1. abadilla says:

      And Archbishop Chaput would be incredible. I fully agree with your assessment of him.

      1. Paul Sadek says:

        Amen, amen! I’ve been praying for Archbishop Chaput to receive the red hat for years so that he would at least be in the running!

        1. abadilla says:

          And it is almost as if the man were invisible in Rome. I don’t get it. He is a wonderful Archbishop!

  3. chris scanlan says:

    Many of the negative comments involve a particular instance, namely, the Al Smith dinner. Now I find it difficult to believe that Cardinal Dolan’s appearance somehow disqualifies him. There must be an ulterior motive behind this view. I’ve also seen it written that he may be a poor decision because he didn’t excommunicate those “catholics” that openly disregard the teaching of the church, especially in the instances of Abortion and contraception. Now do I wish a stronger stance be taken against those that do not follow the Church and do so publicly? Absolutely. But that is the fault of the laity as much as the hierarchy. I don’t blame one person for the state of the Church in the US.

    And on the dinner, I can accept that many view his actions as imprudent, but i do not understand why some claim that he has committed some egregious error that should prevent him from even being considered as successor to St. Peter. And as I mentioned in another comment, even Pope Benedict XVI opened his doors to President Obama, yet I did not hear an outcry that BXVI should refuse him. So what makes the Al Smith the deal breaker for so many. What am I missing?

    1. toddyo1935 says:

      There were some folks in Jerusalem that were upset that Jesus dined with gluttons and winebibbers. Gotta do what you gotta do. That’s class. I’d have punched that that that… oh well.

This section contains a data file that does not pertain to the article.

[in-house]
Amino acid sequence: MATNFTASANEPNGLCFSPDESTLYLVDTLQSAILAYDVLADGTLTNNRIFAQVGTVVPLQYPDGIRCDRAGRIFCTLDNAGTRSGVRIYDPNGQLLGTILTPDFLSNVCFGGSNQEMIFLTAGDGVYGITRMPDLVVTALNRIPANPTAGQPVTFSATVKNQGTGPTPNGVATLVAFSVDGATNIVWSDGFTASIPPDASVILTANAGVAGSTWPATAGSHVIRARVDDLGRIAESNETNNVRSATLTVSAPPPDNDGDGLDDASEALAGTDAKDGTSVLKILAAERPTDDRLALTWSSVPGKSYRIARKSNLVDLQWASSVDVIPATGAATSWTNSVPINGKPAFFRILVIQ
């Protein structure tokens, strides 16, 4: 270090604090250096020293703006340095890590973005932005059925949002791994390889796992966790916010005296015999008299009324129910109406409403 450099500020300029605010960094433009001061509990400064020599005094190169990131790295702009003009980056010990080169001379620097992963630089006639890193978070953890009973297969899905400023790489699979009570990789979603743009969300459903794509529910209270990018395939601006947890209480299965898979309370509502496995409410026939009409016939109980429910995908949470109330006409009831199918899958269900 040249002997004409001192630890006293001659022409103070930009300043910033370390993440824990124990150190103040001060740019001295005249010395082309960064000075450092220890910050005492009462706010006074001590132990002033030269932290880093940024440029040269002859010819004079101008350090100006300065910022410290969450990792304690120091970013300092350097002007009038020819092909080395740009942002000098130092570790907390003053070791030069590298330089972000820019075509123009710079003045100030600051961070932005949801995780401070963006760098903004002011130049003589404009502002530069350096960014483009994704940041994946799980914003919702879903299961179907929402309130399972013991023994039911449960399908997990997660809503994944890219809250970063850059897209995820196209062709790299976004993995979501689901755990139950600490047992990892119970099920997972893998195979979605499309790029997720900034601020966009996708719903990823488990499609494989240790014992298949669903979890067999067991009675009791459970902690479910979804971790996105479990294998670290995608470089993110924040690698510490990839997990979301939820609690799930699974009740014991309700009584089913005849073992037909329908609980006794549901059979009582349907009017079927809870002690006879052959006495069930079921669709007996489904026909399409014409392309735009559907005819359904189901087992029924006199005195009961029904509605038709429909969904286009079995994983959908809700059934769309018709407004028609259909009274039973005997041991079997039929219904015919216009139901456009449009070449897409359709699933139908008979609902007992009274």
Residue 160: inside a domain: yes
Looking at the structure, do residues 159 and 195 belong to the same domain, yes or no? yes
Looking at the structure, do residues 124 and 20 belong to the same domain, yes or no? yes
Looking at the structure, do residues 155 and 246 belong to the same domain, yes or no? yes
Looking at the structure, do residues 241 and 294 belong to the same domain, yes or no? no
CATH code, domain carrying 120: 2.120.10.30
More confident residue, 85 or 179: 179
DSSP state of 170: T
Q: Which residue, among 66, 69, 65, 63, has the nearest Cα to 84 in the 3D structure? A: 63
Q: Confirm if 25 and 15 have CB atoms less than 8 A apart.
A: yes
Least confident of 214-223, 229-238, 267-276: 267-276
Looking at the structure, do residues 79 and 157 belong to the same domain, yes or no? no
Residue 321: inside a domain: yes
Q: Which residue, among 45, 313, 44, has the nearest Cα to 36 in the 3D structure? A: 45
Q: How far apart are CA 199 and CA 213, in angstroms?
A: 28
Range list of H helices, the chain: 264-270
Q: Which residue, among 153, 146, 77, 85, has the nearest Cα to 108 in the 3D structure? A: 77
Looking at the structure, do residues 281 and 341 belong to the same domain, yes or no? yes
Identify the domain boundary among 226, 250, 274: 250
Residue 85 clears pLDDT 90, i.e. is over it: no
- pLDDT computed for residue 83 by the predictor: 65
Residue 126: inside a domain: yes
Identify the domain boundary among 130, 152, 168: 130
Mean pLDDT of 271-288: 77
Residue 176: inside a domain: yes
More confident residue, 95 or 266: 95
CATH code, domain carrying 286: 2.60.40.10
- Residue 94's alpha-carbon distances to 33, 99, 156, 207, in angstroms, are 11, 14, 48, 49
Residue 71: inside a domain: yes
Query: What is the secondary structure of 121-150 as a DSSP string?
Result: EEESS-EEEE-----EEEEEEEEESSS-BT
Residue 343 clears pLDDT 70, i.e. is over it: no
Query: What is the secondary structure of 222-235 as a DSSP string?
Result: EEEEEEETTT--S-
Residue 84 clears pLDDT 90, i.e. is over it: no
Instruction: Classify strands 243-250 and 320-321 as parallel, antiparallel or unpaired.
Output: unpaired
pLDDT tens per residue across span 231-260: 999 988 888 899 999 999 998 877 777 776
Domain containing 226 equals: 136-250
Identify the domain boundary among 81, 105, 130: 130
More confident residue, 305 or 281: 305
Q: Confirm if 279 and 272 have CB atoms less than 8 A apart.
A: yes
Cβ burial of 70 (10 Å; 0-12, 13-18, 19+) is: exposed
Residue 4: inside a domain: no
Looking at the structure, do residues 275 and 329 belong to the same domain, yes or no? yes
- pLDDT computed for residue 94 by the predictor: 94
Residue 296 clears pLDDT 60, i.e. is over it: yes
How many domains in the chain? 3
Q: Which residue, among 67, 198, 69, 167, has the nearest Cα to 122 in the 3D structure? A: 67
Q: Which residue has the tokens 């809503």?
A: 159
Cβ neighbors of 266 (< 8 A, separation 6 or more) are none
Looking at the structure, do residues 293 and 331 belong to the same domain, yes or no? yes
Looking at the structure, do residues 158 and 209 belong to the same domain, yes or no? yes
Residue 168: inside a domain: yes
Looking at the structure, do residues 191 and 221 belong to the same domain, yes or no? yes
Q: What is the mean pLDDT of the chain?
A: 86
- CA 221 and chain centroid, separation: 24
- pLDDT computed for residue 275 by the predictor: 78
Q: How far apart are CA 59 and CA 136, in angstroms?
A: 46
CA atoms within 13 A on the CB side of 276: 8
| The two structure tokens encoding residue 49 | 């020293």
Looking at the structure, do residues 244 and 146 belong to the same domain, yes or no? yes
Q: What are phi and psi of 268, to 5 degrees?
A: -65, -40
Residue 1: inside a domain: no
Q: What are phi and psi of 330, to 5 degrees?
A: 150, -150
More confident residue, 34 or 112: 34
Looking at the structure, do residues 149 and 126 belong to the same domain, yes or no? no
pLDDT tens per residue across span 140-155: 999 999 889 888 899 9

4. As a Catholic of a conservative political viewpoint, it pains me to see some of my fellow Catholics playing “more Catholic than thou,” just as in politics some play “more conservative than thou.” And as much fun as speculating may be, I’m with Fr. George Rutler on this one. In his weekly homily he said, “As Lent is a time of abstinence, it would be good to abstain from the vain speculations of the media and self-appointed “experts” inside the Church and out, who see these things with merely human eyes.” I’m sorry if I’m offending anyone, and to keep from losing charity, I will resist coming back to look.

  5. chasso says:

    I don’t have a problem with him having dinner with Obama, but I do have a problem with him not publicly excommunicating so-called catholics like Cuomo, Sebelius, Biden, etc. that have shown themselves time and time again to be enemies of the Church.

    1. abadilla says:

      To be fair to the man, he can only excommunicate those “Catholics” who belong in his diocese.

  6. Abe Conner says:

    Cardinal Burke would be a much better choice that Cardinal Dolan. The Al Smith Dinner was a huge scandal and all the shallow press corps gleaned was that Cardinal Dolan was cozying up to Obama. There was no teaching moment. And contrary to what another poster writes, Obama is in the same league as Hitler with his promotion of infanticide and abortion. The slaughter continues and now, because of Obama, on our “dime”. Like the gas chambers, it is a hidden evil.

    1. abadilla says:

      “Cardinal Burke would be a much better choice that Cardinal Dolan.”
      I fully agree but it won’t happen if we want an “engaging” man and not a St. Thomas a Becket who fought for principle.

    2. abadilla says:

      I just heard John Allen giving an assessment of the next conclave and the name of Burke did not even come up. Yes, the name of Cardinal Dolan came up but he sees an American cardinal as a long shot to become a Pope.

    3. Ncramblit says:

      I agree completely.